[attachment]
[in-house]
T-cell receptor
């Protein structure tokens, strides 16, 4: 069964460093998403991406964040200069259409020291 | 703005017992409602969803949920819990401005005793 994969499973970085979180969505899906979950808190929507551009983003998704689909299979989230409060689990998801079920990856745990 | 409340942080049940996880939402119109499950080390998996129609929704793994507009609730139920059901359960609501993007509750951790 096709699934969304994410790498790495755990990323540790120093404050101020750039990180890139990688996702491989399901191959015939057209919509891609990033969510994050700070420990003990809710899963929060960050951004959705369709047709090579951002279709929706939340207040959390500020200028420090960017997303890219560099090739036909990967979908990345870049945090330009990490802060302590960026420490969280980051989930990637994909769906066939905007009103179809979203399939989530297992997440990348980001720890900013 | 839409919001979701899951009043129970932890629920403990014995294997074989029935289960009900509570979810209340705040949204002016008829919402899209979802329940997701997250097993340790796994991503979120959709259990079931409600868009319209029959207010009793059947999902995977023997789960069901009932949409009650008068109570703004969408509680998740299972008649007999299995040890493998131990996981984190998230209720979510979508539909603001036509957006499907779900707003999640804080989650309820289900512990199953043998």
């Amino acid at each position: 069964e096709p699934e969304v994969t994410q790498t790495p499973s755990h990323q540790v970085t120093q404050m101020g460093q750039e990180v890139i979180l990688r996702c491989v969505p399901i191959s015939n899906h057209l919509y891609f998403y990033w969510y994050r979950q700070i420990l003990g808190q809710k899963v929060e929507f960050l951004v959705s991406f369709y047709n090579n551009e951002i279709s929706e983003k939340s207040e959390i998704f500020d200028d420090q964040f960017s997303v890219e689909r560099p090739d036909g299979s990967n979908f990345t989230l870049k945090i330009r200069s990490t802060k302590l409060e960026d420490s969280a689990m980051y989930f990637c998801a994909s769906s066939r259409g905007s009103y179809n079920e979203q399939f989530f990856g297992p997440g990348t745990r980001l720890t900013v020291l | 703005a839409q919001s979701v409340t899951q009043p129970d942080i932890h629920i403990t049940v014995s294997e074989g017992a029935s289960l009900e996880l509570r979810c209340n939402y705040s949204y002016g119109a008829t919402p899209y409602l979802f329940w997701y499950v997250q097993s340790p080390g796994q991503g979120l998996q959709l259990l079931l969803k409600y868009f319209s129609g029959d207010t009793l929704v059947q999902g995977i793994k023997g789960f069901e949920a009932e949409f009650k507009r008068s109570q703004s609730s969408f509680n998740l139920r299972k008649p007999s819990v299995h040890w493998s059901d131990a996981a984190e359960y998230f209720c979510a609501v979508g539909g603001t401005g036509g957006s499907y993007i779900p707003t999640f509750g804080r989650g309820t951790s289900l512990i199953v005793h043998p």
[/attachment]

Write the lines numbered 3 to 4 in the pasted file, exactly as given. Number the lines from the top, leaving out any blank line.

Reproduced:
């Protein structure tokens, strides 16, 4: 069964460093998403991406964040200069259409020291 | 703005017992409602969803949920819990401005005793 994969499973970085979180969505899906979950808190929507551009983003998704689909299979989230409060689990998801079920990856745990 | 409340942080049940996880939402119109499950080390998996129609929704793994507009609730139920059901359960609501993007509750951790 096709699934969304994410790498790495755990990323540790120093404050101020750039990180890139990688996702491989399901191959015939057209919509891609990033969510994050700070420990003990809710899963929060960050951004959705369709047709090579951002279709929706939340207040959390500020200028420090960017997303890219560099090739036909990967979908990345870049945090330009990490802060302590960026420490969280980051989930990637994909769906066939905007009103179809979203399939989530297992997440990348980001720890900013 | 839409919001979701899951009043129970932890629920403990014995294997074989029935289960009900509570979810209340705040949204002016008829919402899209979802329940997701997250097993340790796994991503979120959709259990079931409600868009319209029959207010009793059947999902995977023997789960069901009932949409009650008068109570703004969408509680998740299972008649007999299995040890493998131990996981984190998230209720979510979508539909603001036509957006499907779900707003999640804080989650309820289900512990199953043998």
């Amino acid at each position: 069964e096709p699934e969304v994969t994410q790498t790495p499973s755990h990323q540790v970085t120093q404050m101020g460093q750039e990180v890139i979180l990688r996702c491989v969505p399901i191959s015939n899906h057209l919509y891609f998403y990033w969510y994050r979950q700070i420990l003990g808190q809710k899963v929060e929507f960050l951004v959705s991406f369709y047709n090579n551009e951002i279709s929706e983003k939340s207040e959390i998704f500020d200028d420090q964040f960017s997303v890219e689909r560099p090739d036909g299979s990967n979908f990345t989230l870049k945090i330009r200069s990490t802060k302590l409060e960026d420490s969280a689990m980051y989930f990637c998801a994909s769906s066939r259409g905007s009103y179809n079920e979203q399939f989530f990856g297992p997440g990348t745990r980001l720890t900013v020291l | 703005a839409q919001s979701v409340t899951q009043p129970d942080i932890h629920i403990t049940v014995s294997e074989g017992a029935s289960l009900e996880l509570r979810c209340n939402y705040s949204y002016g119109a008829t919402p899209y409602l979802f329940w997701y499950v997250q097993s340790p080390g796994q991503g979120l998996q959709l259990l079931l969803k409600y868009f319209s129609g029959d207010t009793l929704v059947q999902g995977i793994k023997g789960f069901e949920a009932e949409f009650k507009r008068s109570q703004s609730s969408f509680n998740l139920r299972k008649p007999s819990v299995h040890w493998s059901d131990a996981a984190e359960y998230f209720c979510a609501v979508g539909g603001t401005g036509g957006s499907y993007i779900p707003t999640f509750g804080r989650g309820t951790s289900l512990i199953v005793h043998p």